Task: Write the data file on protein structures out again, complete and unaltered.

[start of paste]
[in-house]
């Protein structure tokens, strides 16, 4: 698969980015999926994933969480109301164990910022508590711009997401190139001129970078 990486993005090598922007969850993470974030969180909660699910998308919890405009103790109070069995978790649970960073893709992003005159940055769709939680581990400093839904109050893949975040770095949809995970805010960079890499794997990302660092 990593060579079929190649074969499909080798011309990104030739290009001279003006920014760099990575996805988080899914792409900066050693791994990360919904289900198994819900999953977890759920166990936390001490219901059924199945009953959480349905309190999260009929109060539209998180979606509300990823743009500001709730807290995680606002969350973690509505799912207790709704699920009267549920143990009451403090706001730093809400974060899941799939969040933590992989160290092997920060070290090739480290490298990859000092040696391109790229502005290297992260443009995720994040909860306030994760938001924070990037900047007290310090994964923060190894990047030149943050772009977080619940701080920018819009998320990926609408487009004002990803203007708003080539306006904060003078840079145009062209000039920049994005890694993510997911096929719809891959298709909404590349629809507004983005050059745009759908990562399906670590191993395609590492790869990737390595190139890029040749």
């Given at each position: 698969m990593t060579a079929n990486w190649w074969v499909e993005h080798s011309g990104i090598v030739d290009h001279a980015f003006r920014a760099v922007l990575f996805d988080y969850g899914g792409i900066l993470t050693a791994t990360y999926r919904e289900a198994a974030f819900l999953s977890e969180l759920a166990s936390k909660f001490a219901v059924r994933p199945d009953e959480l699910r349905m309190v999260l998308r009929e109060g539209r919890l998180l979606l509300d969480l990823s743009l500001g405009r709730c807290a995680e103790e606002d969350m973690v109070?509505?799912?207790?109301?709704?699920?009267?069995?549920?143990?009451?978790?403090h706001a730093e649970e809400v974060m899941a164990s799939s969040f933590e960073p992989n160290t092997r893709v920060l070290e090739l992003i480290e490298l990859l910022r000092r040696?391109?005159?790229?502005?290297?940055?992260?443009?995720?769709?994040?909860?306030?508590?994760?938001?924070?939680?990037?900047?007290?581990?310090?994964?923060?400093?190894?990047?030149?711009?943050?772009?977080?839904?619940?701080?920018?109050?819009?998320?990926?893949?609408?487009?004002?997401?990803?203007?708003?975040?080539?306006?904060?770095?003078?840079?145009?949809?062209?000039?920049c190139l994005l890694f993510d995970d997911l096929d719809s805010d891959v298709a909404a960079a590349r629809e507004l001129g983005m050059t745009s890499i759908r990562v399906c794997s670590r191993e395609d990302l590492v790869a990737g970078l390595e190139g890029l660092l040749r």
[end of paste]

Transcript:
[in-house]
């Protein structure tokens, strides 16, 4: 698969980015999926994933969480109301164990910022508590711009997401190139001129970078 990486993005090598922007969850993470974030969180909660699910998308919890405009103790109070069995978790649970960073893709992003005159940055769709939680581990400093839904109050893949975040770095949809995970805010960079890499794997990302660092 990593060579079929190649074969499909080798011309990104030739290009001279003006920014760099990575996805988080899914792409900066050693791994990360919904289900198994819900999953977890759920166990936390001490219901059924199945009953959480349905309190999260009929109060539209998180979606509300990823743009500001709730807290995680606002969350973690509505799912207790709704699920009267549920143990009451403090706001730093809400974060899941799939969040933590992989160290092997920060070290090739480290490298990859000092040696391109790229502005290297992260443009995720994040909860306030994760938001924070990037900047007290310090994964923060190894990047030149943050772009977080619940701080920018819009998320990926609408487009004002990803203007708003080539306006904060003078840079145009062209000039920049994005890694993510997911096929719809891959298709909404590349629809507004983005050059745009759908990562399906670590191993395609590492790869990737390595190139890029040749």
């Given at each position: 698969m990593t060579a079929n990486w190649w074969v499909e993005h080798s011309g990104i090598v030739d290009h001279a980015f003006r920014a760099v922007l990575f996805d988080y969850g899914g792409i900066l993470t050693a791994t990360y999926r919904e289900a198994a974030f819900l999953s977890e969180l759920a166990s936390k909660f001490a219901v059924r994933p199945d009953e959480l699910r349905m309190v999260l998308r009929e109060g539209r919890l998180l979606l509300d969480l990823s743009l500001g405009r709730c807290a995680e103790e606002d969350m973690v109070?509505?799912?207790?109301?709704?699920?009267?069995?549920?143990?009451?978790?403090h706001a730093e649970e809400v974060m899941a164990s799939s969040f933590e960073p992989n160290t092997r893709v920060l070290e090739l992003i480290e490298l990859l910022r000092r040696?391109?005159?790229?502005?290297?940055?992260?443009?995720?769709?994040?909860?306030?508590?994760?938001?924070?939680?990037?900047?007290?581990?310090?994964?923060?400093?190894?990047?030149?711009?943050?772009?977080?839904?619940?701080?920018?109050?819009?998320?990926?893949?609408?487009?004002?997401?990803?203007?708003?975040?080539?306006?904060?770095?003078?840079?145009?949809?062209?000039?920049c190139l994005l890694f993510d995970d997911l096929d719809s805010d891959v298709a909404a960079a590349r629809e507004l001129g983005m050059t745009s890499i759908r990562v399906c794997s670590r191993e395609d990302l590492v790869a990737g970078l390595e190139g890029l660092l040749r």